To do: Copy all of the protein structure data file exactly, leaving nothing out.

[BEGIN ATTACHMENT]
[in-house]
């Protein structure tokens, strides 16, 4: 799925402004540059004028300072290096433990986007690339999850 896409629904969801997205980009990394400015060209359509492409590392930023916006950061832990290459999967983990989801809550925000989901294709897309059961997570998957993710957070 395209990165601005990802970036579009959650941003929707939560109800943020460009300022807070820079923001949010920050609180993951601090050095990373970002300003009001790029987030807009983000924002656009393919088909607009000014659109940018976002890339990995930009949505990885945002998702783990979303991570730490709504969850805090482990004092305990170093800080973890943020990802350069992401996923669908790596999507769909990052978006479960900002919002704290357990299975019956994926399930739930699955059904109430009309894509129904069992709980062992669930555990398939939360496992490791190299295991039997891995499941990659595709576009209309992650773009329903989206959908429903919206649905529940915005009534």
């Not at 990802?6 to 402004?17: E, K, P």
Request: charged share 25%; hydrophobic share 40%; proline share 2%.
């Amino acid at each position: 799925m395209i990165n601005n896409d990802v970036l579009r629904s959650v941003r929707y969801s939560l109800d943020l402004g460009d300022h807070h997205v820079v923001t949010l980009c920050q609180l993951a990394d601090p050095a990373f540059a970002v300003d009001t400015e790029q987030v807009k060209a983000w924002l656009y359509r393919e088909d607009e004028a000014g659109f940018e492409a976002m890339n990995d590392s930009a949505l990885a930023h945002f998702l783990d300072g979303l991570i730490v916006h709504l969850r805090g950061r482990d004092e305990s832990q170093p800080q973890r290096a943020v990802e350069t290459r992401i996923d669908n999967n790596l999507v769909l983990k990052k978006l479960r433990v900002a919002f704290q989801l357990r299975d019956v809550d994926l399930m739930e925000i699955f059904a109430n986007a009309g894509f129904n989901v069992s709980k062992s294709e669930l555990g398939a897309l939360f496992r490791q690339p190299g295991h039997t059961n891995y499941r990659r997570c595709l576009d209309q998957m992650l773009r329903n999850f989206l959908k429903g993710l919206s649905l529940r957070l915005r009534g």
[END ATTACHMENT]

[in-house]
């Protein structure tokens, strides 16, 4: 799925402004540059004028300072290096433990986007690339999850 896409629904969801997205980009990394400015060209359509492409590392930023916006950061832990290459999967983990989801809550925000989901294709897309059961997570998957993710957070 395209990165601005990802970036579009959650941003929707939560109800943020460009300022807070820079923001949010920050609180993951601090050095990373970002300003009001790029987030807009983000924002656009393919088909607009000014659109940018976002890339990995930009949505990885945002998702783990979303991570730490709504969850805090482990004092305990170093800080973890943020990802350069992401996923669908790596999507769909990052978006479960900002919002704290357990299975019956994926399930739930699955059904109430009309894509129904069992709980062992669930555990398939939360496992490791190299295991039997891995499941990659595709576009209309992650773009329903989206959908429903919206649905529940915005009534």
């Not at 990802?6 to 402004?17: E, K, P």
Request: charged share 25%; hydrophobic share 40%; proline share 2%.
């Amino acid at each position: 799925m395209i990165n601005n896409d990802v970036l579009r629904s959650v941003r929707y969801s939560l109800d943020l402004g460009d300022h807070h997205v820079v923001t949010l980009c920050q609180l993951a990394d601090p050095a990373f540059a970002v300003d009001t400015e790029q987030v807009k060209a983000w924002l656009y359509r393919e088909d607009e004028a000014g659109f940018e492409a976002m890339n990995d590392s930009a949505l990885a930023h945002f998702l783990d300072g979303l991570i730490v916006h709504l969850r805090g950061r482990d004092e305990s832990q170093p800080q973890r290096a943020v990802e350069t290459r992401i996923d669908n999967n790596l999507v769909l983990k990052k978006l479960r433990v900002a919002f704290q989801l357990r299975d019956v809550d994926l399930m739930e925000i699955f059904a109430n986007a009309g894509f129904n989901v069992s709980k062992s294709e669930l555990g398939a897309l939360f496992r490791q690339p190299g295991h039997t059961n891995y499941r990659r997570c595709l576009d209309q998957m992650l773009r329903n999850f989206l959908k429903g993710l919206s649905l529940r957070l915005r009534g």